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across
 2 years ago
Best ResponseYou've already chosen the best response.0This could follow from Gauss' assertion that\[\sum_{i=1}^{n}i=\frac{n(n+1)}{2}\]

helder_edwin
 2 years ago
Best ResponseYou've already chosen the best response.0i don't remember the details. but i'm pretty sure u can find this in Spivaks' Calculus

across
 2 years ago
Best ResponseYou've already chosen the best response.0It's easy to prove this by induction with your eyes closed, but I'm wondering how it's derived.

waterineyes
 2 years ago
Best ResponseYou've already chosen the best response.0Can I provide the link or not here ??

waterineyes
 2 years ago
Best ResponseYou've already chosen the best response.0@across can I provide here the link or I have to derive here full??

experimentX
 2 years ago
Best ResponseYou've already chosen the best response.1i think this was done in physics section ...

waterineyes
 2 years ago
Best ResponseYou've already chosen the best response.0This is nothing but sum of squares of first n natural numbers..

helder_edwin
 2 years ago
Best ResponseYou've already chosen the best response.0yes i know the proof is easy. i suggested spivak's book because i remember seeing the derivation there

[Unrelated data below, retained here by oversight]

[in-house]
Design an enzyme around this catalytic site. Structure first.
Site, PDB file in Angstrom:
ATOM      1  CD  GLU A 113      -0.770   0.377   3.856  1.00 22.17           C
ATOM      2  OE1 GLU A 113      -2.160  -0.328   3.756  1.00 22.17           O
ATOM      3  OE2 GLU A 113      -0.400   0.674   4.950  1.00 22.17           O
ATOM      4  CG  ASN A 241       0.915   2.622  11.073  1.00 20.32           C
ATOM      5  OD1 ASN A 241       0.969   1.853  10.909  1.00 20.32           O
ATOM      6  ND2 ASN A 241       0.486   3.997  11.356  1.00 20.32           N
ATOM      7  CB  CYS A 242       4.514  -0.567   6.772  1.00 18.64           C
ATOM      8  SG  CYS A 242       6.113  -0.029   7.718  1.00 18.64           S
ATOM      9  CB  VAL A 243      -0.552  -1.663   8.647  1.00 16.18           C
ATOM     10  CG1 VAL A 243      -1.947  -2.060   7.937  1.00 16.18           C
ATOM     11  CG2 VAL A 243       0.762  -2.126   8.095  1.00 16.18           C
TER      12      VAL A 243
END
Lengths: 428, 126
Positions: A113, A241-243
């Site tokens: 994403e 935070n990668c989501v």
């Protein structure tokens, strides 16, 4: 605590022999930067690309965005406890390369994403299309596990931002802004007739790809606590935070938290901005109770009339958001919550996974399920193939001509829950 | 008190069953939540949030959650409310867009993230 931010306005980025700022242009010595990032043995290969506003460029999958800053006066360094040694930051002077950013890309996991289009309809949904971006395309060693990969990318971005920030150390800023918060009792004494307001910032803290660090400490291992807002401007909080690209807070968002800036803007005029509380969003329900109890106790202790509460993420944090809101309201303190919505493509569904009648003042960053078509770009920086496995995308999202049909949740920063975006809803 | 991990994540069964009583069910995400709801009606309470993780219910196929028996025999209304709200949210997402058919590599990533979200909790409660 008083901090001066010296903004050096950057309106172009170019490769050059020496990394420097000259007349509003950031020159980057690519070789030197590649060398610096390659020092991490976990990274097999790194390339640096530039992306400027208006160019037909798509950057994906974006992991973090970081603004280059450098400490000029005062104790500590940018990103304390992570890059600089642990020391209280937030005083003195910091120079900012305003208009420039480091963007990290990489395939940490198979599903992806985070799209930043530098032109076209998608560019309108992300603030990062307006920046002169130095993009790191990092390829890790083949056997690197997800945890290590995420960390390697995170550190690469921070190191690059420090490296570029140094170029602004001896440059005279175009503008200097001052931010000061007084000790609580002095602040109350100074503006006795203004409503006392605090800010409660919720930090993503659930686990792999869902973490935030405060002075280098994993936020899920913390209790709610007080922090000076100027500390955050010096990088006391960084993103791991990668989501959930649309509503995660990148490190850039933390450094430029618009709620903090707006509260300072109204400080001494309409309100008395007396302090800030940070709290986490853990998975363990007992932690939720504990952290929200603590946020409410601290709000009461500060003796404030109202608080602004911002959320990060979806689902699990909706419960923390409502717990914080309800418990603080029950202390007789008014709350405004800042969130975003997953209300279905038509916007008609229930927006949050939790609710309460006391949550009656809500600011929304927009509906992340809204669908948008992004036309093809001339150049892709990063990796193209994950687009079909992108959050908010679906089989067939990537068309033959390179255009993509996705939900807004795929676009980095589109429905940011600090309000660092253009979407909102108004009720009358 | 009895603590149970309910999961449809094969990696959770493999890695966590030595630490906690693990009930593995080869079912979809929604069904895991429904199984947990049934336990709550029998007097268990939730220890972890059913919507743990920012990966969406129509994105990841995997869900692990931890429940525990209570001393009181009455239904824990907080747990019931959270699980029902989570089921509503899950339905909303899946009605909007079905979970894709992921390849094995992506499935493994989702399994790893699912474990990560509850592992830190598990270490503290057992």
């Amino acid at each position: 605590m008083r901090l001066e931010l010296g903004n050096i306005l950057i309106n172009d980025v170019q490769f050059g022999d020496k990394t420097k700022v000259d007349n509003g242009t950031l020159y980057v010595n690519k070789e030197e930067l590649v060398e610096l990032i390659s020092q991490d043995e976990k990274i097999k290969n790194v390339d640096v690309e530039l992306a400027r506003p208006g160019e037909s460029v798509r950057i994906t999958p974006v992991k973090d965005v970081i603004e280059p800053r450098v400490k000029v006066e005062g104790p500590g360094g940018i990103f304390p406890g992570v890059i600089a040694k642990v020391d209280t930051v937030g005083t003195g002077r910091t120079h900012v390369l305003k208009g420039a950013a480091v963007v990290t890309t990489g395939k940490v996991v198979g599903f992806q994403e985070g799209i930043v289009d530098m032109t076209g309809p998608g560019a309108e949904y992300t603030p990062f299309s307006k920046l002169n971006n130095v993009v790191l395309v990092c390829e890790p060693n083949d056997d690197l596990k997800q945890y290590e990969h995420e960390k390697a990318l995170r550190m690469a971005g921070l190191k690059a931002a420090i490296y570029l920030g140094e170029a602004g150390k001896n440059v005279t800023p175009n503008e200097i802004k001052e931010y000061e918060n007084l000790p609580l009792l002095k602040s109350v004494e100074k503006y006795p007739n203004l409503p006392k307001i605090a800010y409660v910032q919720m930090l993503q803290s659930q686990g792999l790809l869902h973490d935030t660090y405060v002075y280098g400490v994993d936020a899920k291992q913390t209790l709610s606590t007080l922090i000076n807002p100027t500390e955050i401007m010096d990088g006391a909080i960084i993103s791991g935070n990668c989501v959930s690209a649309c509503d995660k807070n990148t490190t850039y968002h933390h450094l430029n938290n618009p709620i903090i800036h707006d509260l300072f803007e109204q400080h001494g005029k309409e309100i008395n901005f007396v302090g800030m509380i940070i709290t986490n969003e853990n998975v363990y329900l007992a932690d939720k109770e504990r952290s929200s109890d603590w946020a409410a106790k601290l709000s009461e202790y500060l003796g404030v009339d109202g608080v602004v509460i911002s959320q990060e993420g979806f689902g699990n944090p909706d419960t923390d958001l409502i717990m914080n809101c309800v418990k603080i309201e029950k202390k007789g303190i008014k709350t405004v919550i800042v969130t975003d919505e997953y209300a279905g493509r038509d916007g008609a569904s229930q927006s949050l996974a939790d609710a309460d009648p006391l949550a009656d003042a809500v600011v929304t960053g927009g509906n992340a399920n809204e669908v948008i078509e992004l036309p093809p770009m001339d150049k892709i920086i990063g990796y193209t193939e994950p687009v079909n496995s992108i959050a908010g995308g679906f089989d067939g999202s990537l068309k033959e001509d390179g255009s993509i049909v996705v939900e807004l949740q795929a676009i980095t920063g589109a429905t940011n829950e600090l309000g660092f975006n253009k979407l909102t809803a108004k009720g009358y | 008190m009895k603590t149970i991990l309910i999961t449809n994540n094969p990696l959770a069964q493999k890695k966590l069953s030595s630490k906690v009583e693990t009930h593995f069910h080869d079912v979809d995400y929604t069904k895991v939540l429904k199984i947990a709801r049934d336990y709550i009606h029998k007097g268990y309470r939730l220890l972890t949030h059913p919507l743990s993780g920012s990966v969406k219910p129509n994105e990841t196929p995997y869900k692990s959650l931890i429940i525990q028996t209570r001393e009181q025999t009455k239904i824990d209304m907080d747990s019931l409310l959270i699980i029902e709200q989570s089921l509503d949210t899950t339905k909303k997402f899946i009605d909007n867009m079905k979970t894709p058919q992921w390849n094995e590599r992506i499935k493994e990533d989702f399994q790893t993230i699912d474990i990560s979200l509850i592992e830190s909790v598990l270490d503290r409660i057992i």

experimentX
 2 years ago
Best ResponseYou've already chosen the best response.1i would prefer geometrical visualization instead ... i remember seeing one is mit ocw single variable calculus. the volume of pyramid ...

across
 2 years ago
Best ResponseYou've already chosen the best response.0Links are more appreciated than derivations here. ^^

waterineyes
 2 years ago
Best ResponseYou've already chosen the best response.0http://www.ilovemaths.com/3sequence.asp May be it will help you.

waterineyes
 2 years ago
Best ResponseYou've already chosen the best response.0http://www.9math.com/book/sumsquaresfirstnnaturalnumbers Or you can check this also..

experimentX
 2 years ago
Best ResponseYou've already chosen the best response.1http://www.trans4mind.com/personal_development/mathematics/series/sumNaturalSquares.htm#general_term

experimentX
 2 years ago
Best ResponseYou've already chosen the best response.1difference of power is very power technique ... it can be used to find the sums of n^3 and n^4 also ....

asnaseer
 2 years ago
Best ResponseYou've already chosen the best response.1There is a very beautiful visual proof of this that @Ishaan94 came across when he asked this question: http://openstudy.com/updates/5002f7dae4b0848ddd66eea4

experimentX
 2 years ago
Best ResponseYou've already chosen the best response.1very interesting proof indeed !! \[ 3 \left ( \sum_{n=1}^\infty n^2 \right ) = (1 + 2 +3 +... + n)(2n+1)\]
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